|Politicians & Literature|
Oommen Chandy | 69 | Kerala
Chief Minister, Congress
WHEN I HEARD Nobel laureate Amartya Sen is an admirer of Kerala’s development experience, I was keen to know about his views. This is how I chanced upon his book Development as Freedom. The book is based on a series of lectures that Sen delivered at the World Bank.
As a politician, I’m always concerned with how to serve the people of my state better. When I got the book, I first looked for what Sen had to say about Kerala. He shows that, thanks to public provisioning and despite the low levels of income, the people of Kerala, China and Sri Lanka enjoy enormously higher levels of life expectancy than those in much richer countries such as Brazil, South Africa and Namibia. Apart from public provisioning, I feel history also has much to do with Kerala’s achievements in human development.
Sen further observes that while Kerala has impressive indices in low fertility, high life expectancy and high literacy, we still have to address why Kerala has not been able to build on its success in human development to raise its income levels as well — an achievement that would have made its success more complete. This has been worrying me for quite some time and my government has undertaken various measures to address this riddle.
I found Sen most courageous and unconventional when he argued that our understanding of development through conventional indicators like per capita income, growth of national income and growth in manufacturing are, at best, partial. To him, development can be a process of expanding the real freedoms that people enjoy. But freedoms depend on other factors such as social and economic arrangements (education and healthcare) as well as political and civil rights (liberty to participate in public discussion and scrutiny).
If freedom is what development advances, then the focus of policy and action should be on the overarching objective of advancing freedoms or doing away with constraints, rather than on some particular means or some specially chosen list of instruments.
The whole book, in a sense, deals with the interconnections between freedoms, including economic opportunities, political freedom, social facilities, transparency guarantees and protective security.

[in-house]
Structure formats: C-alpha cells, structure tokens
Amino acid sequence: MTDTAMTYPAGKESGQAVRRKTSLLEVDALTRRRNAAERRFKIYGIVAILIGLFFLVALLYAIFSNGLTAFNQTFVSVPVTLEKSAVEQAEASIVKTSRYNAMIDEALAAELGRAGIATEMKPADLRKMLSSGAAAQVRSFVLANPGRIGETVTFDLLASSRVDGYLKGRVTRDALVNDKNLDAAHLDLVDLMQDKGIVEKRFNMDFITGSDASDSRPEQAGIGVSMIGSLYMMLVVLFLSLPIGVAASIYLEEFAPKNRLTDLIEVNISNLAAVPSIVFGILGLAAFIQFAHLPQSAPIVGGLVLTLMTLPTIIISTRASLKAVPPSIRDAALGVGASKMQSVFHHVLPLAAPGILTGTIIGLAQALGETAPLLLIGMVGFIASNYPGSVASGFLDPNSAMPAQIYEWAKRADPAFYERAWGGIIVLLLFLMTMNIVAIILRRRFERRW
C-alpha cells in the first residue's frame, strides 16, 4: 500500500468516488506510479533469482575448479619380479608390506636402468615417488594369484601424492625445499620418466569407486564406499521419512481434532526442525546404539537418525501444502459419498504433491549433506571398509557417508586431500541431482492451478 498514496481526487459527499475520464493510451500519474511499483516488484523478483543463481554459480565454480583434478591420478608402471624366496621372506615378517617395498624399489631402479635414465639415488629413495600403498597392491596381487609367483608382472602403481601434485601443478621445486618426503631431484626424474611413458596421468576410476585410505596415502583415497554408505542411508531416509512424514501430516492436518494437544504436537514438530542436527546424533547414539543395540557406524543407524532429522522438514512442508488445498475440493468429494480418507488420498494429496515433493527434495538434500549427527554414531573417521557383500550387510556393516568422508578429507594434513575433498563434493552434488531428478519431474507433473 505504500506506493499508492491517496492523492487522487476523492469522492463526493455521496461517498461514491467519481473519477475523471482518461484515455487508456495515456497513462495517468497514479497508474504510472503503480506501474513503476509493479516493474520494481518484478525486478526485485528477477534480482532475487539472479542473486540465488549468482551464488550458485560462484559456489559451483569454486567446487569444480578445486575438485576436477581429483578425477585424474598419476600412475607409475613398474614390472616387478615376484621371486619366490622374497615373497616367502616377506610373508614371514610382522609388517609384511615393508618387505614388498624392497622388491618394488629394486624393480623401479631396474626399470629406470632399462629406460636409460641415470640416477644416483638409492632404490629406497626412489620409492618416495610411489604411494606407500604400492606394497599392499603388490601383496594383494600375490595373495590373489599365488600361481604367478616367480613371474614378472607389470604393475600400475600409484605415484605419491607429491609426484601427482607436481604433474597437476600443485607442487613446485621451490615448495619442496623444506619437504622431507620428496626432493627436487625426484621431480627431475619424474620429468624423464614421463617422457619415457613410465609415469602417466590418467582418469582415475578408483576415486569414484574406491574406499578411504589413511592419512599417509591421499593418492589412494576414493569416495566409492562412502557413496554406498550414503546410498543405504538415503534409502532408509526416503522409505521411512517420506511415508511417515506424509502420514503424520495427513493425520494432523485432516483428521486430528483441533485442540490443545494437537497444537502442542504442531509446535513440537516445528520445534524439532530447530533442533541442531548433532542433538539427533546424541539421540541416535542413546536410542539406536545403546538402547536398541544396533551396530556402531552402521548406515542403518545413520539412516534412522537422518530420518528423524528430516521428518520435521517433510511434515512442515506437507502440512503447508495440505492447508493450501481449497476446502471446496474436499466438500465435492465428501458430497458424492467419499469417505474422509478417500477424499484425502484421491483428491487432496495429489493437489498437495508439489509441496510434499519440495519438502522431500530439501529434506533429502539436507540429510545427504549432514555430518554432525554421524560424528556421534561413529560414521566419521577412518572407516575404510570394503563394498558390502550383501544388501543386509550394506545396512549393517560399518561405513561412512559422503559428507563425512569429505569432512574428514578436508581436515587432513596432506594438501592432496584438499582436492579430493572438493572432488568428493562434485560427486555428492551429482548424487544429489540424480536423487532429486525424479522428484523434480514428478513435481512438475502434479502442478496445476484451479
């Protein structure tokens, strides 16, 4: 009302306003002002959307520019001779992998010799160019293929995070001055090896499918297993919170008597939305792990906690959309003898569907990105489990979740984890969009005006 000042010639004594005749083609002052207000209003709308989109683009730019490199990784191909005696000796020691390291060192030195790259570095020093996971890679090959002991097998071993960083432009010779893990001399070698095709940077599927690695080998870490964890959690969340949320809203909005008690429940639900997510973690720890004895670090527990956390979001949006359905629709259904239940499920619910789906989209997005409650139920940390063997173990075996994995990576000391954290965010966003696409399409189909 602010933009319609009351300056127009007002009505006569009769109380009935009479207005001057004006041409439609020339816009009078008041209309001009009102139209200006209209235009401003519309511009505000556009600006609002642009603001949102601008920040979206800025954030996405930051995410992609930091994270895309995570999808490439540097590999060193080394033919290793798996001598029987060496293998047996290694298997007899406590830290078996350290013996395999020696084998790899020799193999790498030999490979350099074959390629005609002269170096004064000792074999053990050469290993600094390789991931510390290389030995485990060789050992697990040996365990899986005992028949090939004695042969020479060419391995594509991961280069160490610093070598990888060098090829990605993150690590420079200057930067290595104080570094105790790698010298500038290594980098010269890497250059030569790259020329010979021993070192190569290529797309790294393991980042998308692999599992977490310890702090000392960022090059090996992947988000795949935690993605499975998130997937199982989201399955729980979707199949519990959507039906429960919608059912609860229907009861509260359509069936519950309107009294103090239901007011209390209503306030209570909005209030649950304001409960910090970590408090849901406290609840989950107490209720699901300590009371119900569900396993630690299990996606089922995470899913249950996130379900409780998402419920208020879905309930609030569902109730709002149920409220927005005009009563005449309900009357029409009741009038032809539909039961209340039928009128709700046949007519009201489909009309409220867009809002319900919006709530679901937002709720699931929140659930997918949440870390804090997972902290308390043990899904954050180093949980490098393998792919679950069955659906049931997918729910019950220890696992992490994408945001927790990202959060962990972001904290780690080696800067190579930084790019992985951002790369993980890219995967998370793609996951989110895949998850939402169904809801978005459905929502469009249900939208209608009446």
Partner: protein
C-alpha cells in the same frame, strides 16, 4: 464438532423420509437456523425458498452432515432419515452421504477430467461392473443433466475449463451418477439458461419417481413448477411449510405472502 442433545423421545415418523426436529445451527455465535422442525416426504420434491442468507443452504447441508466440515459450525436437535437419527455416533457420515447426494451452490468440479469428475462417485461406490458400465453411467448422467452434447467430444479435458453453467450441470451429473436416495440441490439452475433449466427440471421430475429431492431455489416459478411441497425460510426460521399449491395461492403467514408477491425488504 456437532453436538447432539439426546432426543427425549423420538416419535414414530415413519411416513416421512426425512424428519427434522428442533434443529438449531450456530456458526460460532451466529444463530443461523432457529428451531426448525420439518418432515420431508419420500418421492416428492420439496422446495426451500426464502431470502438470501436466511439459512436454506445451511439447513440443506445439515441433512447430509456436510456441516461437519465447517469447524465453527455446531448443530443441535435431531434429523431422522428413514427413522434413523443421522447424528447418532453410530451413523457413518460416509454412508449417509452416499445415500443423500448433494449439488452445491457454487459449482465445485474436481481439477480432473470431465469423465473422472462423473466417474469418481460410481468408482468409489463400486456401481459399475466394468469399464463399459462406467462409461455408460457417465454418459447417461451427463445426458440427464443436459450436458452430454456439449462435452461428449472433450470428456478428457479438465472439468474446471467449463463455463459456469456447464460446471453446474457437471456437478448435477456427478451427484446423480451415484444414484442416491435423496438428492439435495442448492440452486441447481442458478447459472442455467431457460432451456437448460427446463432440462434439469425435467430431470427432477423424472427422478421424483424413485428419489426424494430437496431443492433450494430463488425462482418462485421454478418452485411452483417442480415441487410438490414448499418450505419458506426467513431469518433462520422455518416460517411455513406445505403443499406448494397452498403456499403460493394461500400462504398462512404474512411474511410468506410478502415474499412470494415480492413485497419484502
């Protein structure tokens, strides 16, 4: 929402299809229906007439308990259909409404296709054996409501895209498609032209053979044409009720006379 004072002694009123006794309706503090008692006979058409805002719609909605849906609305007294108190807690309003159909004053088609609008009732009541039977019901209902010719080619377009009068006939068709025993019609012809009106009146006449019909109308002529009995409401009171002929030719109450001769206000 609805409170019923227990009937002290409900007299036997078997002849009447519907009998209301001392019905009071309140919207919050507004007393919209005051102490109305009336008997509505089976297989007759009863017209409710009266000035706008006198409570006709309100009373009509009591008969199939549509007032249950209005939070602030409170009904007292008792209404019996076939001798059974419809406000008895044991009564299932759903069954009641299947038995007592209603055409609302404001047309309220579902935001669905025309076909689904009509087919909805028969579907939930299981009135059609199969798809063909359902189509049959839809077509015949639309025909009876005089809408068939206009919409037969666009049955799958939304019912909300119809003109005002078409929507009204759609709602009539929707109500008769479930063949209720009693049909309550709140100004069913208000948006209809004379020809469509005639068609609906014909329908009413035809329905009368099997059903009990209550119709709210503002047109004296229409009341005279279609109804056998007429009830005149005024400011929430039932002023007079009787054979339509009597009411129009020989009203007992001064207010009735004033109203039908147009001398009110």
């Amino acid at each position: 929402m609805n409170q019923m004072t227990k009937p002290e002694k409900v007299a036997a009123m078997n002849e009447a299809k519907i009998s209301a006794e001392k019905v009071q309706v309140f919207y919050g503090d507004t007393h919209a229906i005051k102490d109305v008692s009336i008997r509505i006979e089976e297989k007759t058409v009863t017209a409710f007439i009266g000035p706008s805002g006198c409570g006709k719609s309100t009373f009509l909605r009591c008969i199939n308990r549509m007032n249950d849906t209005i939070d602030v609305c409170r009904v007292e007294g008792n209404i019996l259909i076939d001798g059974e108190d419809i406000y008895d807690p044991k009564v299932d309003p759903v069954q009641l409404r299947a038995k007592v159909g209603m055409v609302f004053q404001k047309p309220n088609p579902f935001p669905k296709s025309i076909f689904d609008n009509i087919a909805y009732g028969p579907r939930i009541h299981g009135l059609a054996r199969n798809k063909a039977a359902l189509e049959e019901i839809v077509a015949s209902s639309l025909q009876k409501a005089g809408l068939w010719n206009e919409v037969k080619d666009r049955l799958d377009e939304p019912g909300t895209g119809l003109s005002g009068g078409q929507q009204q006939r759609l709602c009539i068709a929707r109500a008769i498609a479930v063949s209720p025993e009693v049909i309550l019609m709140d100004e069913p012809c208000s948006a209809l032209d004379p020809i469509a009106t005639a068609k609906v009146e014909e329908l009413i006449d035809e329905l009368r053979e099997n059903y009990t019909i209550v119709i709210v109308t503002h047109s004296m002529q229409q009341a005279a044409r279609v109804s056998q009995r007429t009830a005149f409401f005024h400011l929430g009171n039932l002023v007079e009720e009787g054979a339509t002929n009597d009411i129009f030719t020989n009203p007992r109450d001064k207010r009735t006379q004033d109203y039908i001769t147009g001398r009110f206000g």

As a politician, I was keen on understanding Sen’s views on the connections between political freedoms and economic needs. Sen argues against the view held in the Vienna conference of 1993 that removing poverty should be the top priority, rather than guaranteeing political liberty and civil rights for the poor.
Sen shows incontrovertibly that there is an extensive interconnection between political freedoms and economic needs. He argues that a government’s response to the suffering of people often depends on the pressure put on it, and this is where the exercise of political rights — voting, criticism, protests and so on — can make a real difference.
The opportunities in democracies have to be grabbed to achieve the desired effect. Thus viewed, political freedoms are permissive advantages. Their effectiveness depends on how they are exercised.
This made me think further. Political freedoms and liberties, as articulated by Sen, are amply provided in Kerala. But, how many citizens effectively use these freedoms?
I feel that though we have a vibrant democracy, we’re a long way from providing true political freedoms to people, especially the marginalised.
I don’t want to give the impression that I’m an indefatigable reader who has spent a lot of time with books. I wrote this short essay to show the effect a book can have on a reader, how readers engage with books.
I always consider books as triggers for new ideas, directions, to serve as guides to new paths. Reading Sen opened my mind to certain ideas, confirmed certain principles, and this is why politicians need to read — to learn how to serve the people who rely on us, better.